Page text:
I made the poster sort of as an intervention to shift the narrative about pride and it’s definitely on my mind. We just saw the case of the Black Pride 4 in Columbus, Ohio, are you familiar with the case? In Columbus, Ohio, four black trans and queer activists decided they were just going to have a peaceful, silent protest at Pride to protest police killings and they were violently arrested, spat on and charged with felonies in some cases. They actually, some of them just went to trial but there’s been a lot of community organizing in solidarity. It was very notable that the actual organizers of the Columbus Pride Parade testified against these black queer and trans activists.

And of course that reminds me of the work of Black Lives Matter organizers in San Francisco and Toronto, who tried to make sure that pride spaces were not policed.

Yes, yes, and actually I worked with [Jenettah Johnson], she was the one who pulled out of being the grand marshal of the parade to object to the policing. Trans and queer people in larger cities maybe have a little more leeway. But this case in Columbus really showed how in smaller cities and towns, black trans and queer activists can really be targeted to a different level and made an example to squelch any kind of protest.

Talk to me about your Parkland art. There’s been a lot of talk about the relative privilege of the kids in Parkland being from a gated community and your image deliberately melded this gun control movement with the Movement for Black Lives. Why did you think it was important to bring these two into conversation with each other?

I mean, I think that black youth and black communities have been leading the movement against gun violence for decades and generations and so I wanted to create a piece that would honor their leadership and help people make more connections between gun violence, white supremacy and police.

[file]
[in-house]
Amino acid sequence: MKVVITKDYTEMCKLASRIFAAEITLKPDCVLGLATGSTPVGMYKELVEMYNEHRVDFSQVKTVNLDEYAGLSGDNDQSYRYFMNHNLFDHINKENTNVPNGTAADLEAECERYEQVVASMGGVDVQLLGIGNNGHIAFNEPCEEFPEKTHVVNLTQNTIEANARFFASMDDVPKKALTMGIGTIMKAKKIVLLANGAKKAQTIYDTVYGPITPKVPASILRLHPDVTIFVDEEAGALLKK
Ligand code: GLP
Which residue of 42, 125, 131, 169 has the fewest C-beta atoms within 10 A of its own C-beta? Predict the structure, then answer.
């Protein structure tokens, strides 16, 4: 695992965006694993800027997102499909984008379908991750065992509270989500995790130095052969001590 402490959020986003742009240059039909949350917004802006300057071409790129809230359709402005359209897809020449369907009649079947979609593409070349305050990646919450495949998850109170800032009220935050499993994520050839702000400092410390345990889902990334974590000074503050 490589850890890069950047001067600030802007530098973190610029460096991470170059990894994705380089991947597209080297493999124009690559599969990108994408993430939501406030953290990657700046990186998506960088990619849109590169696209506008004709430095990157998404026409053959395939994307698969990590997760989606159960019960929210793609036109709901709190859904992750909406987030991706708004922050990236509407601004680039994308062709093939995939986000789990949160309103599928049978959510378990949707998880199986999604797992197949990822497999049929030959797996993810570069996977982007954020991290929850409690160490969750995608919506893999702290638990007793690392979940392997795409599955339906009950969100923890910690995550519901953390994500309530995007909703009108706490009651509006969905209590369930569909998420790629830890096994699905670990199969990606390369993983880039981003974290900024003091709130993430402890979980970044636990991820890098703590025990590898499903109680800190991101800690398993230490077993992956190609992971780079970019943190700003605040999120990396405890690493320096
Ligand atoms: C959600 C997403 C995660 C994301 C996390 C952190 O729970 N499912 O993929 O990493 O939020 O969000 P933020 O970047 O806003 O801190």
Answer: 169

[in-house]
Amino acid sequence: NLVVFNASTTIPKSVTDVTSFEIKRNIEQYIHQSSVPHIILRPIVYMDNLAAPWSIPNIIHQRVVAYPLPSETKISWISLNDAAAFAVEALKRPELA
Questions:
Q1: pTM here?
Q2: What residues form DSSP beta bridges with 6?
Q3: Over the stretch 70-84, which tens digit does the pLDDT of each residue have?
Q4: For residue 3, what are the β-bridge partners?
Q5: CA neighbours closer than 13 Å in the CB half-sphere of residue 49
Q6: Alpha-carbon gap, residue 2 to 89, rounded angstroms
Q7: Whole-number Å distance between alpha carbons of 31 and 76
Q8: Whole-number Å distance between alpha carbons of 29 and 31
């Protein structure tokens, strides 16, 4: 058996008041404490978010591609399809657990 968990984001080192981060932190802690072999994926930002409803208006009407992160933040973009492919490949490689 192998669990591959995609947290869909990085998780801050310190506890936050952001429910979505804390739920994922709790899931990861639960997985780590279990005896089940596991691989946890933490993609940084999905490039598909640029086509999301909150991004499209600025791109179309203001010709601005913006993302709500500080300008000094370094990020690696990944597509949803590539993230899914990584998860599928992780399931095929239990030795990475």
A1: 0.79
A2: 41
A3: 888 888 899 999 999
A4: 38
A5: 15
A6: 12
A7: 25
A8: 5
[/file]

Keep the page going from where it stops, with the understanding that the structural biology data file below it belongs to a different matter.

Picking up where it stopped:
Does the image depict a specific black woman? What made you want to depict this specific person?

It’s not any specific person. I did spend a lot of time just looking at photos from Black Lives Matter uprisings in Ferguson and Chicago just for inspiration. And I actually didn’t even imagine it as a woman, necessarily. I wanted to portray a young person, where they may be some suggestion of gender expansiveness.

What was the impetus behind that? Why was it important to portray that?

I think that black trans people are often on the front lines of movements and they also are targeted by violence, interpersonal violence and violence from the police at much higher levels. So I wanted to honor their leadership and um, I think, you know, again, as you talked about with your work at INTO, any chance to talk aboutto bring more integration into the way we’re represented is an opportunity to me.

I think that as a trans artist, gun violence also feels close to home. The suicide rates in our community are so high and the number one and the majority of suicides in the US are gun deaths. And I think something like 92% of trans adults have attempted suicide by the age of 25. And those rates are higher for trans people of color. This moment is an opportunity to, in terms of protest versus reimagining, it’s not just to rally for gun control bu to look at the root causes of gun violence and the structural inequality and racism that causes there to be no funding for schools and clinics but funding to build new jails and detention centers and more money for police. I think that, you know, gun control laws have been used to just further criminalize students of color, so how can we do something different this time?

Well, and as with many movements, you know I come out of the HIV/AIDS movement, we know that the people with the most privilege usually get the gains of the movement and the people who are most marginalized are often left behind.

That gets to the heart of what I was trying to do with my poster, is amplify those people who are most marginalized and left out of the conversation when they should probably the ones who are most supported and lead these movements.

This interview has been lightly edited for clarity.